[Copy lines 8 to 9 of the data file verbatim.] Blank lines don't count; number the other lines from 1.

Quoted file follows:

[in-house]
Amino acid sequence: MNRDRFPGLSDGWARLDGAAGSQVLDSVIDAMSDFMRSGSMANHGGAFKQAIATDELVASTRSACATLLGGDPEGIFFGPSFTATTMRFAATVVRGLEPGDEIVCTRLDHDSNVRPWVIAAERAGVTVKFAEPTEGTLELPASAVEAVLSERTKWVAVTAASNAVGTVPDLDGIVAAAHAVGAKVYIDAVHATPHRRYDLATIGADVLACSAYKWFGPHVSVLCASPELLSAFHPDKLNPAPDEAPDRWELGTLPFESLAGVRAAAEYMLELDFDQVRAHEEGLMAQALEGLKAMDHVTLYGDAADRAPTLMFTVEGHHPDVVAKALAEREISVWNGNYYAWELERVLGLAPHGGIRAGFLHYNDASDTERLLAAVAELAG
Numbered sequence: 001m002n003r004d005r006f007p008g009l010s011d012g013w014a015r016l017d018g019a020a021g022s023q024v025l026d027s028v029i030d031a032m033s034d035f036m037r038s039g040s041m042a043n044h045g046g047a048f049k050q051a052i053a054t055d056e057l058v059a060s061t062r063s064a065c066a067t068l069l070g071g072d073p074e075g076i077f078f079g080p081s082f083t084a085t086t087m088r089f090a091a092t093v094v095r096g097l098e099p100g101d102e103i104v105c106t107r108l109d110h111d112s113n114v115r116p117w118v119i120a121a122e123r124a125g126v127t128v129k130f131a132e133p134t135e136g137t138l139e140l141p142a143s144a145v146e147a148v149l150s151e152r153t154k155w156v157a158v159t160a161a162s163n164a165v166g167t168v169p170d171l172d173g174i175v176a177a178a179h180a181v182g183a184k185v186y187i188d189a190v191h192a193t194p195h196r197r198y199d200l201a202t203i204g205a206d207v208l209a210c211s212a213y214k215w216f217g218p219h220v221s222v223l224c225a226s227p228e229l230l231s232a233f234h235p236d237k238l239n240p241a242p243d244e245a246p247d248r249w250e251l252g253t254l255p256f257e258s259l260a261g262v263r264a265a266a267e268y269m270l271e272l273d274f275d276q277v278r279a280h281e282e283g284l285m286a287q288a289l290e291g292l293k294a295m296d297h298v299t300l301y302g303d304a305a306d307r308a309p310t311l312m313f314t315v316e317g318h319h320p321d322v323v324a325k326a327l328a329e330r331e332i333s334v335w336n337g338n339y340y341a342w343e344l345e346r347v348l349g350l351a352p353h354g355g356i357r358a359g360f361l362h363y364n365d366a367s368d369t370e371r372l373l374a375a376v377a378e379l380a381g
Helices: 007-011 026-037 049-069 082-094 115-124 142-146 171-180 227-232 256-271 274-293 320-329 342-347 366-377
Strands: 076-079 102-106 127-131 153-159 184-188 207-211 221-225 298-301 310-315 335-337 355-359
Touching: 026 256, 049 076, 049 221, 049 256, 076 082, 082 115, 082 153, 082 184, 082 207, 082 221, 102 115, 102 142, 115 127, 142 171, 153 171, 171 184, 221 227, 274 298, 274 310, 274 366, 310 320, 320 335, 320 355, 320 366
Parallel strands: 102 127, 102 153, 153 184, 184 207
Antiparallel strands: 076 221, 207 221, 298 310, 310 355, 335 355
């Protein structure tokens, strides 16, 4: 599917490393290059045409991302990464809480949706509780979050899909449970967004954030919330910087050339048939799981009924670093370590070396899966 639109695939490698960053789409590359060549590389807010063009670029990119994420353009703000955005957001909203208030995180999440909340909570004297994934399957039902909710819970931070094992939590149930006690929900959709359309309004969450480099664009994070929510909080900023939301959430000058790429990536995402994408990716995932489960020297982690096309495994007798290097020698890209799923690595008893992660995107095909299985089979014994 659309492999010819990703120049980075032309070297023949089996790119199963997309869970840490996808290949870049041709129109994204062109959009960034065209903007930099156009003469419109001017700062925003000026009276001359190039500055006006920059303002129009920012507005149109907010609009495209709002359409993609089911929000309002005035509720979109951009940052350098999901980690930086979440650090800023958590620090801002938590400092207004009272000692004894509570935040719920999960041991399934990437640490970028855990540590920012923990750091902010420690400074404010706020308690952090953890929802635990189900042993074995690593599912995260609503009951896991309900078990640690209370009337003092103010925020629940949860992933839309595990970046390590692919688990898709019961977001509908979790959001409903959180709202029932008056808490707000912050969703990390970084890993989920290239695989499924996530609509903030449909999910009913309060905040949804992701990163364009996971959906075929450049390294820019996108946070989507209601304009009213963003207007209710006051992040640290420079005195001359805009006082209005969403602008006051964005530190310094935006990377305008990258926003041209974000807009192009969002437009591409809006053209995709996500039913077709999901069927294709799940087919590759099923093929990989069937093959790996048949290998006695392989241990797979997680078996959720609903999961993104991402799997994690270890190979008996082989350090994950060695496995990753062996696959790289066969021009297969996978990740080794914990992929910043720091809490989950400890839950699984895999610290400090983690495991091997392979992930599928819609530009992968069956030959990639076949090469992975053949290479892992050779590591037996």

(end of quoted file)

Antiparallel strands: 076 221, 207 221, 298 310, 310 355, 335 355
């Protein structure tokens, strides 16, 4: 599917490393290059045409991302990464809480949706509780979050899909449970967004954030919330910087050339048939799981009924670093370590070396899966 639109695939490698960053789409590359060549590389807010063009670029990119994420353009703000955005957001909203208030995180999440909340909570004297994934399957039902909710819970931070094992939590149930006690929900959709359309309004969450480099664009994070929510909080900023939301959430000058790429990536995402994408990716995932489960020297982690096309495994007798290097020698890209799923690595008893992660995107095909299985089979014994 659309492999010819990703120049980075032309070297023949089996790119199963997309869970840490996808290949870049041709129109994204062109959009960034065209903007930099156009003469419109001017700062925003000026009276001359190039500055006006920059303002129009920012507005149109907010609009495209709002359409993609089911929000309002005035509720979109951009940052350098999901980690930086979440650090800023958590620090801002938590400092207004009272000692004894509570935040719920999960041991399934990437640490970028855990540590920012923990750091902010420690400074404010706020308690952090953890929802635990189900042993074995690593599912995260609503009951896991309900078990640690209370009337003092103010925020629940949860992933839309595990970046390590692919688990898709019961977001509908979790959001409903959180709202029932008056808490707000912050969703990390970084890993989920290239695989499924996530609509903030449909999910009913309060905040949804992701990163364009996971959906075929450049390294820019996108946070989507209601304009009213963003207007209710006051992040640290420079005195001359805009006082209005969403602008006051964005530190310094935006990377305008990258926003041209974000807009192009969002437009591409809006053209995709996500039913077709999901069927294709799940087919590759099923093929990989069937093959790996048949290998006695392989241990797979997680078996959720609903999961993104991402799997994690270890190979008996082989350090994950060695496995990753062996696959790289066969021009297969996978990740080794914990992929910043720091809490989950400890839950699984895999610290400090983690495991091997392979992930599928819609530009992968069956030959990639076949090469992975053949290479892992050779590591037996």